0

I've seen both usages in articles published by reputable media like NYT and the Entrepreneurs. I've seen both being used to refer to what seems to me to be the same thing. It's so puzzling to me.

An example taken from the Guardian (para 5):

Working culture remains horribly gendered. The report that working full-time increases a mother’s stress hormones by up to 40% puts numbers on ...

So I wonder which one is correct and is there any subtle distinction between the two variants?

  • 1
    I've moved your quote to the question, and added the link and attribution. – Edwin Ashworth Jun 15 at 12:44
  • 1
    If you Google "work culture" and "working culture", you will see that both are used, but that the former occurs almost four times as frequently as the latter. Googling "work culture" + "working culture" reveals that quite a few organisations seem to use the two terms interchangeably. This strongly suggests that one shouldn't worry about the fact that both terms are in widespread use. // It's interesting to contrast ' "work ethic" vs ?/*"working ethic", where a very different picture arises. – Edwin Ashworth Jun 15 at 12:57
  • Thanks for giving more clarity to the question! – rutuehurhu Jun 15 at 16:42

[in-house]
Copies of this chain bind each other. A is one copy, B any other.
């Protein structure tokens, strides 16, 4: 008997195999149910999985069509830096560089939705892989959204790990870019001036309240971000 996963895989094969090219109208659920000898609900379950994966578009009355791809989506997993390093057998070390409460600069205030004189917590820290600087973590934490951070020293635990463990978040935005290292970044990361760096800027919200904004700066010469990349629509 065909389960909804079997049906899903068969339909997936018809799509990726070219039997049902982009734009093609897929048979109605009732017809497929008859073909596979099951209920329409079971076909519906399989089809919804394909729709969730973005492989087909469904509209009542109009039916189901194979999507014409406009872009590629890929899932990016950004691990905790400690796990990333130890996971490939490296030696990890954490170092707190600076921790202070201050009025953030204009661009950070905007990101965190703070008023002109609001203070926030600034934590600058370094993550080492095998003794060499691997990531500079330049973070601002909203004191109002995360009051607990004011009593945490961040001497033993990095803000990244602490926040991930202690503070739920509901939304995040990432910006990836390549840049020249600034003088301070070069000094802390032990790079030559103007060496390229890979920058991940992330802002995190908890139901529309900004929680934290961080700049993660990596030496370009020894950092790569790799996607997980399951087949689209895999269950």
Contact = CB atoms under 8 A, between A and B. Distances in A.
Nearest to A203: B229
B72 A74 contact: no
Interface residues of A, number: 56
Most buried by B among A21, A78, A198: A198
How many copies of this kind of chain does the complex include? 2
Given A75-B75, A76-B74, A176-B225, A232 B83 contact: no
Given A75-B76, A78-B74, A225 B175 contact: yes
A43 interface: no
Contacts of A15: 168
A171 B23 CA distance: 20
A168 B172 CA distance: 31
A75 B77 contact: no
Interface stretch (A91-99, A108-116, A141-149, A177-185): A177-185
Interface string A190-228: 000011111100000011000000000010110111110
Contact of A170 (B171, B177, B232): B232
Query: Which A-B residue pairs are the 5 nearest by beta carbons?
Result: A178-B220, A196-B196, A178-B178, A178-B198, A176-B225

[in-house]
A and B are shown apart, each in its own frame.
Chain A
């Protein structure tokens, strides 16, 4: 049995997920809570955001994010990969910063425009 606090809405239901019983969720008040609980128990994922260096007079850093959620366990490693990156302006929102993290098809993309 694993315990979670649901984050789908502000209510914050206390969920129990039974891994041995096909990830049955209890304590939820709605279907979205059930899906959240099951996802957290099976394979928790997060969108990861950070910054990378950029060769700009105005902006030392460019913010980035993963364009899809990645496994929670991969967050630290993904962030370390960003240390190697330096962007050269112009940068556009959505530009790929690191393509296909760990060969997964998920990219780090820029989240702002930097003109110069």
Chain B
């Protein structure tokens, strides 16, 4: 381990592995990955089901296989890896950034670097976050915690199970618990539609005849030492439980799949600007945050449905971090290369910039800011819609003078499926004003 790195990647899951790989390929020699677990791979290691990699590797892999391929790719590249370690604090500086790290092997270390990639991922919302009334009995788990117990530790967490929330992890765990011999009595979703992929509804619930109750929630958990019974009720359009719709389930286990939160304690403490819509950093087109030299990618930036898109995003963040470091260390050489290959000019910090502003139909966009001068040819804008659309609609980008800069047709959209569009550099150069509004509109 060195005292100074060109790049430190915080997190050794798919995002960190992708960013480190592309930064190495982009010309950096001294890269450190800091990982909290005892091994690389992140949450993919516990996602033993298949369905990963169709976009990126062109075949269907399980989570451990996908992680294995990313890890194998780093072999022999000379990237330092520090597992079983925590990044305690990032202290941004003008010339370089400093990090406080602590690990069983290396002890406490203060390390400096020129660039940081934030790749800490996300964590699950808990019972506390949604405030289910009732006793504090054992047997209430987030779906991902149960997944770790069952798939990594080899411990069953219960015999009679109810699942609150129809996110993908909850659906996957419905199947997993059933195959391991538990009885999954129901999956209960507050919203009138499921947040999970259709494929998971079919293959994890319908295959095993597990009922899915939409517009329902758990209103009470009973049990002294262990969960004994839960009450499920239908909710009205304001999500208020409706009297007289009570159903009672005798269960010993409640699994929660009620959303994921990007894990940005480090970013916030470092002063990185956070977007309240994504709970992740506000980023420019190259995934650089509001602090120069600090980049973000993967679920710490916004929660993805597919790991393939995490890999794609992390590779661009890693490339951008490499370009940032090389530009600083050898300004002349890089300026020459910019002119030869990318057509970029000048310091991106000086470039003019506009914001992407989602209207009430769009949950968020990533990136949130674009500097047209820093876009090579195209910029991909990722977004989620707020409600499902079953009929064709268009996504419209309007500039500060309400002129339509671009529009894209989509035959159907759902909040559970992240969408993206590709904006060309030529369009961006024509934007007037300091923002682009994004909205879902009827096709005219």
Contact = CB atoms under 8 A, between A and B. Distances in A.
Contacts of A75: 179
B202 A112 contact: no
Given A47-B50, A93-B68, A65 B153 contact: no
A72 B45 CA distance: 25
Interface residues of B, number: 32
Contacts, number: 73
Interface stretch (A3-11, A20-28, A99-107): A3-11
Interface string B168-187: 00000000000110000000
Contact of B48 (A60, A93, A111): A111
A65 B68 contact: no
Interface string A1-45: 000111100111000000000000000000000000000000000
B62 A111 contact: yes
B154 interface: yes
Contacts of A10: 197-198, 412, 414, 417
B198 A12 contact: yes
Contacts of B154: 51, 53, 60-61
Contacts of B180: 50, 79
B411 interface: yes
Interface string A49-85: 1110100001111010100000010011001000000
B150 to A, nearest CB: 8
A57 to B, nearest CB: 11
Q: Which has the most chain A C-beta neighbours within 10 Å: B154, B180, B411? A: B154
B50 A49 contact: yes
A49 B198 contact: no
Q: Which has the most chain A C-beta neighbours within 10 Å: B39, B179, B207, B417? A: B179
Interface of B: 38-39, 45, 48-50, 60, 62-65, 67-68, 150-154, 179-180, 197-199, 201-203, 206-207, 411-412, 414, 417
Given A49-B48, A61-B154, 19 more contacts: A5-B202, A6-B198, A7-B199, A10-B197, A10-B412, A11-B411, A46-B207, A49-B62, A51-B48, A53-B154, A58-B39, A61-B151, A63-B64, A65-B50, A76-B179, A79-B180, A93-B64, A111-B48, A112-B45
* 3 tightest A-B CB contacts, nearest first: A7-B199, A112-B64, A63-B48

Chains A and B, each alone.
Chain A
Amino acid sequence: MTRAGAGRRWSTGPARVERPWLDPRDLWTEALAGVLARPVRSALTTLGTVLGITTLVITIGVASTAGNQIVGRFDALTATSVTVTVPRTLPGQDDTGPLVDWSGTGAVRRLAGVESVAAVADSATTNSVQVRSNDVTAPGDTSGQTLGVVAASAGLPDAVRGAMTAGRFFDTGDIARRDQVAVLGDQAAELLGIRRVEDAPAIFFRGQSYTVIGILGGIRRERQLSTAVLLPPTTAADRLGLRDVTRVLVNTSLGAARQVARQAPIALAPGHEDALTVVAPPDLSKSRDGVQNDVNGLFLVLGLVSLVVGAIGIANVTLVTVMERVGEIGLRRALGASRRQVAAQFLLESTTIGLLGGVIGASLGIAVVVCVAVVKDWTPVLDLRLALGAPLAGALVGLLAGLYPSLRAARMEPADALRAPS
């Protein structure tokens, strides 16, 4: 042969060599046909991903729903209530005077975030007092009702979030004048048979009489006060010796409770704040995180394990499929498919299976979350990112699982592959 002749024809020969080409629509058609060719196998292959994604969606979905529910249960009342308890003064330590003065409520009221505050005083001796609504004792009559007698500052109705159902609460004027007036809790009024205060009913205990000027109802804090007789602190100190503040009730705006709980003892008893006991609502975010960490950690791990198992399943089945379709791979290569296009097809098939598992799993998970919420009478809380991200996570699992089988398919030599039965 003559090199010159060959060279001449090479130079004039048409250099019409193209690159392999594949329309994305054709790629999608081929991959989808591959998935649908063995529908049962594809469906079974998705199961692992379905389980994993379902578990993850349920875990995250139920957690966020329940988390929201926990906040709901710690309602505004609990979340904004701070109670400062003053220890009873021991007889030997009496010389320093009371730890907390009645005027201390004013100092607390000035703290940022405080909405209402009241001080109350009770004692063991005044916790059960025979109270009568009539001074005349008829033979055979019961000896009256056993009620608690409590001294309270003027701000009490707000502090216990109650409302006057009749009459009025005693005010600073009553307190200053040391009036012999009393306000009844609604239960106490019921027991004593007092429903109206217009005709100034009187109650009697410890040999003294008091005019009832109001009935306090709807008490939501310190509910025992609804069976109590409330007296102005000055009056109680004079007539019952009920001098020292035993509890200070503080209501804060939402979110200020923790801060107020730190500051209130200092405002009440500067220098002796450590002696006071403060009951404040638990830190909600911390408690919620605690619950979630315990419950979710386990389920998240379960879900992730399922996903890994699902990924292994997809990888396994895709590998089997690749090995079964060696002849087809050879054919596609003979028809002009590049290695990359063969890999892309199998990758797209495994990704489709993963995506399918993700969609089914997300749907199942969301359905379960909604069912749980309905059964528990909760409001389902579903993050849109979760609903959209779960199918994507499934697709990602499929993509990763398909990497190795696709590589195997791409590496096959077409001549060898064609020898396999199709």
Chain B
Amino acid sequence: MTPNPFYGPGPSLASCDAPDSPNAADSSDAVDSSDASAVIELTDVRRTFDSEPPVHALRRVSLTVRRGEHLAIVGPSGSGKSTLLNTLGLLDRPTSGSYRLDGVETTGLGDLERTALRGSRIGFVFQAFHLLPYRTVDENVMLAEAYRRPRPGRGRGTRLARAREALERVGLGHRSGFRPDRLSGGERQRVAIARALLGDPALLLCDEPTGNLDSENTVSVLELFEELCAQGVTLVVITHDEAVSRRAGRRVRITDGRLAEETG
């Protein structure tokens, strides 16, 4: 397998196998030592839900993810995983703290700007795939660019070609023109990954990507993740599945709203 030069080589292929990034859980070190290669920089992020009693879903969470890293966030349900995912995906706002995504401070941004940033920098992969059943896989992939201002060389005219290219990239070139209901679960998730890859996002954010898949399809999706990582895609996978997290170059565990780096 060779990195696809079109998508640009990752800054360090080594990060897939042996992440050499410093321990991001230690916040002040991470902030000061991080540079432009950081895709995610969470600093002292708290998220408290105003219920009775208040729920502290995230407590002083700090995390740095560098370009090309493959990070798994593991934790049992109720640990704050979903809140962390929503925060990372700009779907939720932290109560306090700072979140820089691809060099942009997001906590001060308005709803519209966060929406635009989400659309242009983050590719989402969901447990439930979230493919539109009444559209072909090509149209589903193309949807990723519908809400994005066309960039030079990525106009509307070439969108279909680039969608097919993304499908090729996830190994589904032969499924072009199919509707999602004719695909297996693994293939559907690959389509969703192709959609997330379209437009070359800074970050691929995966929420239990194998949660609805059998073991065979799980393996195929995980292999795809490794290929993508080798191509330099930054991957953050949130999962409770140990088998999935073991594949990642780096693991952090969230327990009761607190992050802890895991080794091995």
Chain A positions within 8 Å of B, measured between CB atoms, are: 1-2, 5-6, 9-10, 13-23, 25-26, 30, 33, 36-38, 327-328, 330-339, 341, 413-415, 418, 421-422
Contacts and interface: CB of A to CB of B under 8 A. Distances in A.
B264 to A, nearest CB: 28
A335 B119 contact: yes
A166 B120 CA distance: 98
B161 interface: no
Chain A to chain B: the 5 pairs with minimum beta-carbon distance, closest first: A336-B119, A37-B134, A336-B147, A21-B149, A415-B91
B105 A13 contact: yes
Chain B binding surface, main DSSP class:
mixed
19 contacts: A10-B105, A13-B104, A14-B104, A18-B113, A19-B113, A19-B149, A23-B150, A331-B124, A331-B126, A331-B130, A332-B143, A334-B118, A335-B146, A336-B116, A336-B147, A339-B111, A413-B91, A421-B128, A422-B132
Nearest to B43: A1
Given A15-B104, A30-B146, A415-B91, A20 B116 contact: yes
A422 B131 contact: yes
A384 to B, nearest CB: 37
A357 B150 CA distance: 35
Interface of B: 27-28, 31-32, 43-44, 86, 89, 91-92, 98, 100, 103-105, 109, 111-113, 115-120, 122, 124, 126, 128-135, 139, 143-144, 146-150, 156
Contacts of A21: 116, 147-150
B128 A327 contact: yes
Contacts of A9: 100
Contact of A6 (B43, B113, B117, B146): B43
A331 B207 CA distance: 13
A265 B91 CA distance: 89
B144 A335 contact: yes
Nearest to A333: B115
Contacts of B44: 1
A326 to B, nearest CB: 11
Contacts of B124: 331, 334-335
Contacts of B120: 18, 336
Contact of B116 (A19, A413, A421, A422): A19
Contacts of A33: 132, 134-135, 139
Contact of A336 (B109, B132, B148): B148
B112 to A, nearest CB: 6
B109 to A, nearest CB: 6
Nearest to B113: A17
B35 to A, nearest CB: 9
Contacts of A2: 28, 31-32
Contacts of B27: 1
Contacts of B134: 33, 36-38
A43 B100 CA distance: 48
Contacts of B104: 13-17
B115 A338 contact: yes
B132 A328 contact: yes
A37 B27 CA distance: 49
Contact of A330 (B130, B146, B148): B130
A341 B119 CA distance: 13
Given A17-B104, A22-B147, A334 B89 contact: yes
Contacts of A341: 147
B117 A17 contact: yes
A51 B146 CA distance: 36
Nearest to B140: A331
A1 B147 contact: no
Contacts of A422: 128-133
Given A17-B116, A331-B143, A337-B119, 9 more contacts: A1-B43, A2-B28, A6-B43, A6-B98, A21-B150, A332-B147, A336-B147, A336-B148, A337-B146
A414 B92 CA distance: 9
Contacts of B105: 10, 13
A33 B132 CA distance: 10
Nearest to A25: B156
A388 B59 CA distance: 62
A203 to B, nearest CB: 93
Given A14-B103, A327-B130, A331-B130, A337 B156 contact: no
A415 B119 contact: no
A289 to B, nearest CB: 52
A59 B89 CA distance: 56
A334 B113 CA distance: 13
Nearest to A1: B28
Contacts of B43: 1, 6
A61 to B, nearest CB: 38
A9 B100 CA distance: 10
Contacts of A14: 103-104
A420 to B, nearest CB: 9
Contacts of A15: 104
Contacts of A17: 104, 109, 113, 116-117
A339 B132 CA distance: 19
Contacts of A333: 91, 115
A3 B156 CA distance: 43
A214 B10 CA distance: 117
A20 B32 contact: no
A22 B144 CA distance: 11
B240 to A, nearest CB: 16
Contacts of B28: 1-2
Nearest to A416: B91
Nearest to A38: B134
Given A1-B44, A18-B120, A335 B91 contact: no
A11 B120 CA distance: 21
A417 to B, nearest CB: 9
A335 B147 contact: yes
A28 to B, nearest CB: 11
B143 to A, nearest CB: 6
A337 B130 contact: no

1

Both usages are correct, but if you were introducing the topic for the first time work culture would be more precise. In working culture the word "working" might be mistaken for a participle describing "culture", which is not the intention.

But it is a very slight difference.

  • But I've seen both being used to refer to the same thing. It's so puzzling to me. Taken from the Guardian: Working culture remains horribly gendered. The report that working full-time increases a mother’s stress hormones by up to 40% puts numbers on something... – rutuehurhu Jun 15 at 4:22
  • I should have said, "In 'working culture' the word 'working' LOOKS LIKE a participle". You're right, rutuehurhu. I'll edit my answer when I've got a minute. – Old Brixtonian Jun 15 at 10:41

Your Answer

By clicking “Post Your Answer”, you agree to our terms of service, privacy policy and cookie policy

Not the answer you're looking for? Browse other questions tagged or ask your own question.